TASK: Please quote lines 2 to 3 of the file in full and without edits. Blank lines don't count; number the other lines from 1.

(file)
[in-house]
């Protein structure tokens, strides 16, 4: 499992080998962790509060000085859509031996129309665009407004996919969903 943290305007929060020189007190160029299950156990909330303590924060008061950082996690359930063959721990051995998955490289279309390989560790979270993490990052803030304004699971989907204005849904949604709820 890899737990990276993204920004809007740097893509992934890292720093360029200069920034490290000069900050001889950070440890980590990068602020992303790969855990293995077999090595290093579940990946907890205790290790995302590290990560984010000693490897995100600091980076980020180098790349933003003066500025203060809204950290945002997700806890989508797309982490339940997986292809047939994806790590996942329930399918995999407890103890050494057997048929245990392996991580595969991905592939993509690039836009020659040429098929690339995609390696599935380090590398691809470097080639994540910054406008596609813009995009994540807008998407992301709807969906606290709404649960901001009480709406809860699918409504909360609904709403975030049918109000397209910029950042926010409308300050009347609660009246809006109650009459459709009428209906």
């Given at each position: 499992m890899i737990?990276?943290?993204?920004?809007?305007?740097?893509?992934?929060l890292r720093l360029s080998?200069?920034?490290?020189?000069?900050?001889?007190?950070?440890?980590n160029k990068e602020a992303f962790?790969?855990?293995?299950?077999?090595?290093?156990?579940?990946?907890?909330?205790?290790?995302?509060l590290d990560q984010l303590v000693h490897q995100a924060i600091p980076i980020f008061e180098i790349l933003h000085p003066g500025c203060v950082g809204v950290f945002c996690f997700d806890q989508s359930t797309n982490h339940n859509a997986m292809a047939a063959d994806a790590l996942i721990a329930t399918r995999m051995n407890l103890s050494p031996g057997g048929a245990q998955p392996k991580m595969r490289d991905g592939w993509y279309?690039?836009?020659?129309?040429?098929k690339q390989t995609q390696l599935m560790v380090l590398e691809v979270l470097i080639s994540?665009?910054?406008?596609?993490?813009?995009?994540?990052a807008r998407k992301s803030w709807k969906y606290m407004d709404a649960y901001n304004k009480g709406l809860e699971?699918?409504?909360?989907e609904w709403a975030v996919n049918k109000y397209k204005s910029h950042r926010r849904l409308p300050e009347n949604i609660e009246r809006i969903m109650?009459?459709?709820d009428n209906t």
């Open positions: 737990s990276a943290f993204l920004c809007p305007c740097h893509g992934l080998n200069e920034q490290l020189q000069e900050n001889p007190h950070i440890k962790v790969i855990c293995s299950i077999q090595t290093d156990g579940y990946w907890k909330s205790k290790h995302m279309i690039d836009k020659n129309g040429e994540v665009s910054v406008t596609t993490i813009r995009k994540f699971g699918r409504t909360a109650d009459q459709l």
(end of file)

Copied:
């Protein structure tokens, strides 16, 4: 499992080998962790509060000085859509031996129309665009407004996919969903 943290305007929060020189007190160029299950156990909330303590924060008061950082996690359930063959721990051995998955490289279309390989560790979270993490990052803030304004699971989907204005849904949604709820 890899737990990276993204920004809007740097893509992934890292720093360029200069920034490290000069900050001889950070440890980590990068602020992303790969855990293995077999090595290093579940990946907890205790290790995302590290990560984010000693490897995100600091980076980020180098790349933003003066500025203060809204950290945002997700806890989508797309982490339940997986292809047939994806790590996942329930399918995999407890103890050494057997048929245990392996991580595969991905592939993509690039836009020659040429098929690339995609390696599935380090590398691809470097080639994540910054406008596609813009995009994540807008998407992301709807969906606290709404649960901001009480709406809860699918409504909360609904709403975030049918109000397209910029950042926010409308300050009347609660009246809006109650009459459709009428209906």
């Given at each position: 499992m890899i737990?990276?943290?993204?920004?809007?305007?740097?893509?992934?929060l890292r720093l360029s080998?200069?920034?490290?020189?000069?900050?001889?007190?950070?440890?980590n160029k990068e602020a992303f962790?790969?855990?293995?299950?077999?090595?290093?156990?579940?990946?907890?909330?205790?290790?995302?509060l590290d990560q984010l303590v000693h490897q995100a924060i600091p980076i980020f008061e180098i790349l933003h000085p003066g500025c203060v950082g809204v950290f945002c996690f997700d806890q989508s359930t797309n982490h339940n859509a997986m292809a047939a063959d994806a790590l996942i721990a329930t399918r995999m051995n407890l103890s050494p031996g057997g048929a245990q998955p392996k991580m595969r490289d991905g592939w993509y279309?690039?836009?020659?129309?040429?098929k690339q390989t995609q390696l599935m560790v380090l590398e691809v979270l470097i080639s994540?665009?910054?406008?596609?993490?813009?995009?994540?990052a807008r998407k992301s803030w709807k969906y606290m407004d709404a649960y901001n304004k009480g709406l809860e699971?699918?409504?909360?989907e609904w709403a975030v996919n049918k109000y397209k204005s910029h950042r926010r849904l409308p300050e009347n949604i609660e009246r809006i969903m109650?009459?459709?709820d009428n209906t």